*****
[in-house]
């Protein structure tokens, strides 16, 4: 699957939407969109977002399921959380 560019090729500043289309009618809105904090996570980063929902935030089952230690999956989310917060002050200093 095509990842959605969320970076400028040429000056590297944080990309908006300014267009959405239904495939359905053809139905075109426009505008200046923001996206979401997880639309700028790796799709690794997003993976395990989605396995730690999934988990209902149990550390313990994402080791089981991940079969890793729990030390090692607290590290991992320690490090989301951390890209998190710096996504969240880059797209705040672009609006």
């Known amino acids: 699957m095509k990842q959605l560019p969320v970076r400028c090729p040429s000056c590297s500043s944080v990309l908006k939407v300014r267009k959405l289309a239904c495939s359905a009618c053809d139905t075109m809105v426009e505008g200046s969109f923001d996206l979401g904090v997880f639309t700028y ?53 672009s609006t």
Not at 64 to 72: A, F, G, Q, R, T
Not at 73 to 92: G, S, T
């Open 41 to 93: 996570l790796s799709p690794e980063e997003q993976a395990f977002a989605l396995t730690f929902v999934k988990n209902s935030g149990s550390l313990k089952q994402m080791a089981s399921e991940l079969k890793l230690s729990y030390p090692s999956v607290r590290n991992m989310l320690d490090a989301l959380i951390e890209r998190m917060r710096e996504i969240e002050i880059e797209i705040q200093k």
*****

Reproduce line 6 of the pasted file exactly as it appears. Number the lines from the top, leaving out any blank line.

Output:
């Open 41 to 93: 996570l790796s799709p690794e980063e997003q993976a395990f977002a989605l396995t730690f929902v999934k988990n209902s935030g149990s550390l313990k089952q994402m080791a089981s399921e991940l079969k890793l230690s729990y030390p090692s999956v607290r590290n991992m989310l320690d490090a989301l959380i951390e890209r998190m917060r710096e996504i969240e002050i880059e797209i705040q200093k």